As a company we have taken the decision not to implement transfers on an 'insistent customer' basis. This is at the option of the adviser, and there's no requirement under the rules to accommodate such cases. Where a firm does decide to accept such business the FCA states there are 3 key steps: You must provide advice that is suitable for the individual client and this advice must be clear to the client; you should be clear with the client what the risks of the alternative course of action are; and it should be clear to the client that their actions are against your advice.
The fact that we have decided not to accept business on an insistent customer basis doesn't mean that there are not cases where our advice can change as result of the client coming forward with further statements or information. Indeed, we consider it to be treating customers fairly that we invite them to do so where our recommendation is against transfer.
One of the interesting things about this process is that it is often the case that after further dialogue, many 'would be' insistent customers actually change their mind and agree that, on further reflection, it was a bad idea. In other cases, we sometimes find that one or more previous responses given to specific questions were mistakenly based on a misinterpretation of the question or there had been a simple omission of a relevant fact, which of course might or might not alter the previous advice. The good thing about following this extended dialogue is that the conclusion is almost always by mutual agreement, and clients leave the process feeling comfortable about the outcome.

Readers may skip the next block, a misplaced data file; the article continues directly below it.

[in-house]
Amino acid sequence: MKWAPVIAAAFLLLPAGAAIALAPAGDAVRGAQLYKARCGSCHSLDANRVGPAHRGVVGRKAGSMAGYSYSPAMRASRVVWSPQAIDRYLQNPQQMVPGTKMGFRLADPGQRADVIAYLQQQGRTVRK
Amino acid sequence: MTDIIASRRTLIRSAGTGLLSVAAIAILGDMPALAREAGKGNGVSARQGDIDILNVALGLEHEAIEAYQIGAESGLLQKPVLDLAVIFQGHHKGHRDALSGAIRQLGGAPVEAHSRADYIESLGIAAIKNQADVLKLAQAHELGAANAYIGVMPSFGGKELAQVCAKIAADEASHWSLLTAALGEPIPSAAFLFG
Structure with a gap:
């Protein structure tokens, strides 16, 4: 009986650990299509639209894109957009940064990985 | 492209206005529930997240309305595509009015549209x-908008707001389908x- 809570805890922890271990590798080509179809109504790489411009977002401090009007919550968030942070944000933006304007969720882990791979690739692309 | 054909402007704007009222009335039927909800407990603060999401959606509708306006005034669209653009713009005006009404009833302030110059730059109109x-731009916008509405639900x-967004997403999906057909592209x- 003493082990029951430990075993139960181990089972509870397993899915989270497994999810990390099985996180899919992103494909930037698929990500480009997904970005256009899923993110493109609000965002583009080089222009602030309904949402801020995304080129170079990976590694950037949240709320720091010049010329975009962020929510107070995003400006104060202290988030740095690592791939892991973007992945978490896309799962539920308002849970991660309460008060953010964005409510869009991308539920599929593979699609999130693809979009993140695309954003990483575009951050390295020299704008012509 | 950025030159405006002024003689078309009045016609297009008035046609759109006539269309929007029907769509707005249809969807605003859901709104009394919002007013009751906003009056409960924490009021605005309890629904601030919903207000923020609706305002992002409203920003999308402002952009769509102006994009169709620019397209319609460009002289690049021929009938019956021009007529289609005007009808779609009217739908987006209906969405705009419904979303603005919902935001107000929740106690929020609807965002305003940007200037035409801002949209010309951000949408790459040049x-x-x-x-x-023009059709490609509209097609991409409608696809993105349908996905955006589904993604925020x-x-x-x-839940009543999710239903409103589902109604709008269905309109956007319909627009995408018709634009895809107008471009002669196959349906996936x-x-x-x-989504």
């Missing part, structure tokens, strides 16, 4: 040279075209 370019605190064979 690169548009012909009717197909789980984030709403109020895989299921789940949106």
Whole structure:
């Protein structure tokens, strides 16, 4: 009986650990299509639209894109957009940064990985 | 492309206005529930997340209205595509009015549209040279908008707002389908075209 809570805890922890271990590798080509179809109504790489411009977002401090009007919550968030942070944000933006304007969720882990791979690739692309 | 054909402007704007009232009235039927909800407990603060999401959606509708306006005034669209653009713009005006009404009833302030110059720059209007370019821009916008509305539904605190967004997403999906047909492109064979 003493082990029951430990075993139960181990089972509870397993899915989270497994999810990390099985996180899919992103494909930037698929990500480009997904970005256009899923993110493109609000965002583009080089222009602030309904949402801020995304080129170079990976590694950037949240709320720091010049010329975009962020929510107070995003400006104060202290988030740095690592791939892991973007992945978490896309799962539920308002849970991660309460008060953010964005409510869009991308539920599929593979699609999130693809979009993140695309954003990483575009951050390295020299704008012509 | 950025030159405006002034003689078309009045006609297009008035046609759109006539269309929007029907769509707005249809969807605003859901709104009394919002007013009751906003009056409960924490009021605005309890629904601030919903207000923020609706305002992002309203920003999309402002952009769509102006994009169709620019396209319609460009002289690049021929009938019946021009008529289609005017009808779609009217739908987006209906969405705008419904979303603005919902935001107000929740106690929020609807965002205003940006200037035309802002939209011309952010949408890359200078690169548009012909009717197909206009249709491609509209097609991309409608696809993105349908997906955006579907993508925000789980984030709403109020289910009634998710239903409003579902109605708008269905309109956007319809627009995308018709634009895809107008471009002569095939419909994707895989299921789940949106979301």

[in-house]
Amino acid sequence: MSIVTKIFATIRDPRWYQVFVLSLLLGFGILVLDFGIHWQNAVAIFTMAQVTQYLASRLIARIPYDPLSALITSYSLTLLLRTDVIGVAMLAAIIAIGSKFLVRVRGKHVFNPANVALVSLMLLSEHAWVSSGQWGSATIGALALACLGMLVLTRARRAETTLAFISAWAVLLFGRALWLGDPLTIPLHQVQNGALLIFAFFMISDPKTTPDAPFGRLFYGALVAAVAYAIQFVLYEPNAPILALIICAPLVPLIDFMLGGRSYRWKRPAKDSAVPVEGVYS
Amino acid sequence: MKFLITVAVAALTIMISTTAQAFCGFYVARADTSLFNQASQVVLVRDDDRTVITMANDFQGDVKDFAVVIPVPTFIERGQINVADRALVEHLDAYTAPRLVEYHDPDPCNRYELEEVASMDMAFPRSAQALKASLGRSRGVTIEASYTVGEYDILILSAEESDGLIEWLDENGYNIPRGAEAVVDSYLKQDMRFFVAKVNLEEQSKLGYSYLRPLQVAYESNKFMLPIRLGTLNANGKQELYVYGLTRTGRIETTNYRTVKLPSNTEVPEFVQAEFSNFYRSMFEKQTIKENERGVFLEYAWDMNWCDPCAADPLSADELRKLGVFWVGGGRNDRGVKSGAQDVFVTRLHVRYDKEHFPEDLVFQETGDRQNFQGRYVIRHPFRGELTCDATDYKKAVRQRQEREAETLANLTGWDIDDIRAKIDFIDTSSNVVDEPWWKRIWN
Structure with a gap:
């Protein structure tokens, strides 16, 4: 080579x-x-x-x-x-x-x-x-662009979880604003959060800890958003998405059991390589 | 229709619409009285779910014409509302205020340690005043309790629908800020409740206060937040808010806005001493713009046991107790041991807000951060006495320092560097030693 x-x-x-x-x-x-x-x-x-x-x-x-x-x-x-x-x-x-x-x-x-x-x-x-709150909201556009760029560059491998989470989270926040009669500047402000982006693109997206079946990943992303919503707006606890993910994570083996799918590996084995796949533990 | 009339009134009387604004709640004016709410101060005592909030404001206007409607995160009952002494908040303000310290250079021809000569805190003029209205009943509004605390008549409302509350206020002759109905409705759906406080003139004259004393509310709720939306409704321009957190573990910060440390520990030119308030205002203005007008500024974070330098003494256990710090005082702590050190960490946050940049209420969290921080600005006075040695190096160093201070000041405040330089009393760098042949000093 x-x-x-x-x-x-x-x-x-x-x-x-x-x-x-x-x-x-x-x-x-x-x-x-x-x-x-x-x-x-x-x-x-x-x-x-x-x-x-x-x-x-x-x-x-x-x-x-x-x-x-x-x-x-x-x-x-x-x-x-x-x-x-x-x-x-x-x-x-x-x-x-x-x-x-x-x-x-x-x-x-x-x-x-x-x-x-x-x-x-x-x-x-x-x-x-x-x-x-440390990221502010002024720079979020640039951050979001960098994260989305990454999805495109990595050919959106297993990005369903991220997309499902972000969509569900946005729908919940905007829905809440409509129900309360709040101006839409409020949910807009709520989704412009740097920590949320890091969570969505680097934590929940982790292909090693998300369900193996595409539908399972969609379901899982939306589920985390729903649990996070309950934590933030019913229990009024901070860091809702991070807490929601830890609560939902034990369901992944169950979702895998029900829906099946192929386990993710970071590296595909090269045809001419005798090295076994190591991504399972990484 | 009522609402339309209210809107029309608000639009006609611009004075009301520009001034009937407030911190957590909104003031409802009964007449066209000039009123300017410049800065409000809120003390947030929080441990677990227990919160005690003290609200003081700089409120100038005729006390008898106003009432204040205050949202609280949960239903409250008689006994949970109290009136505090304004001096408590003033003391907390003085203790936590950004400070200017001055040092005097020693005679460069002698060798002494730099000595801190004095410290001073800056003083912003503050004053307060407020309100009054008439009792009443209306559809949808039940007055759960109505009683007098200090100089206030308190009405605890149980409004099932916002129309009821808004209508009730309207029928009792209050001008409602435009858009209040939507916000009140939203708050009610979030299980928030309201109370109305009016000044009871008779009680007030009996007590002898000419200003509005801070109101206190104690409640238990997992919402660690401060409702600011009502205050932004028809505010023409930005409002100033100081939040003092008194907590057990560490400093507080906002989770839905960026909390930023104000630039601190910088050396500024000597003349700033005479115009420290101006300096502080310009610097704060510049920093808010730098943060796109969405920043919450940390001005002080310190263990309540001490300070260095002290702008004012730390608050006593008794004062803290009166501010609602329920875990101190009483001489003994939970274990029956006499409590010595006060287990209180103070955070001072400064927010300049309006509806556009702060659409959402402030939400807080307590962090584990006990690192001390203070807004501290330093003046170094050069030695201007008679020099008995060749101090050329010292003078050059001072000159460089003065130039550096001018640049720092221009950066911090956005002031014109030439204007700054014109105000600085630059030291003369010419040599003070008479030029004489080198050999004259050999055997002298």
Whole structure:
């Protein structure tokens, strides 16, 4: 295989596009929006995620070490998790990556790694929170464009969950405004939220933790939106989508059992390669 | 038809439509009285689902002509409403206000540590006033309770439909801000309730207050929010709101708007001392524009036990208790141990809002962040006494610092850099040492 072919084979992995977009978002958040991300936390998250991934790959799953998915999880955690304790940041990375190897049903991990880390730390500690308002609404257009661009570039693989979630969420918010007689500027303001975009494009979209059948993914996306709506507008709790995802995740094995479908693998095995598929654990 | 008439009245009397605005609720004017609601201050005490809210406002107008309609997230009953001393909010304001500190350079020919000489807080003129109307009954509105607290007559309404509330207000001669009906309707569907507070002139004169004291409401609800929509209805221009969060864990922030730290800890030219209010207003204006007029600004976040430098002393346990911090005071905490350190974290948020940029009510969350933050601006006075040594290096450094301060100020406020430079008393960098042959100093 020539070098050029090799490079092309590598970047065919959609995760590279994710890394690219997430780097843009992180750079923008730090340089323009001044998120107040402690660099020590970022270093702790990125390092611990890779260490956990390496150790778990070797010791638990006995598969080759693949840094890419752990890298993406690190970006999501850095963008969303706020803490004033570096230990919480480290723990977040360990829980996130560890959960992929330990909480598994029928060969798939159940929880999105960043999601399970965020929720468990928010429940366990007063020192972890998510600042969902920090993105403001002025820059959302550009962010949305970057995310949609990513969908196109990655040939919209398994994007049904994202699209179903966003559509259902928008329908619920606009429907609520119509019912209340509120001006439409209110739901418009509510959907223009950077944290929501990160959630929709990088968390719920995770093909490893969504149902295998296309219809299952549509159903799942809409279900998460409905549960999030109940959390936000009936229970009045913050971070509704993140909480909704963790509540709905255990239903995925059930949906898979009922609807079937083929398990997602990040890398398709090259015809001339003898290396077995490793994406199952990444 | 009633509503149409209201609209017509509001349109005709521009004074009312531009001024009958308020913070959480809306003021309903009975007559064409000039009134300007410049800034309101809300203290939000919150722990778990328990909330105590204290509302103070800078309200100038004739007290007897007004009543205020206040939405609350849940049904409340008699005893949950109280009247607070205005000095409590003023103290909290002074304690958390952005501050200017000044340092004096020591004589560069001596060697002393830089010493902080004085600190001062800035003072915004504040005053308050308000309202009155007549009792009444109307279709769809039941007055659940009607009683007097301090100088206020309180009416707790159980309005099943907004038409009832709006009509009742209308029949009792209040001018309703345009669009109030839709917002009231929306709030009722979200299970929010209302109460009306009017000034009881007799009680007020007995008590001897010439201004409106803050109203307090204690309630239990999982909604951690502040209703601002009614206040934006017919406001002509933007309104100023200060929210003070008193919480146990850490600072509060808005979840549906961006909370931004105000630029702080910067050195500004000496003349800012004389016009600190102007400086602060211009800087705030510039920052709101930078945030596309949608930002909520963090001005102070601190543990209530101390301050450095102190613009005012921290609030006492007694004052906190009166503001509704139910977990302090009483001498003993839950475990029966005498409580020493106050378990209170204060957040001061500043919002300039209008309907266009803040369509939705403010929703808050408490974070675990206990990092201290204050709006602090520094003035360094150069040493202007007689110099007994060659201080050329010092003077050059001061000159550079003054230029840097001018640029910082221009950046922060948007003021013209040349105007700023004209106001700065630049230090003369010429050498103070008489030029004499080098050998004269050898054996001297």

Steve Patterson, Managing Director, Intelligent Pensions
After studying engineering at Glasgow University Steve decided a career in financial services offered the best opportunity to apply his creative technical skills. Having established his own IFA business in 1984 Steve and his team had built up a wealth of experience in pensions and investment planning.
After developing specialist retirement analysis software he launched Intelligent Pensions in 1998 to provide flexible bespoke retirement solutions for their clients. From an early stage a growing proportion of the company's clients were being introduced by other professional advisers reflecting the exceptional calibre of services and expertise on offer in this complex area of financial planning.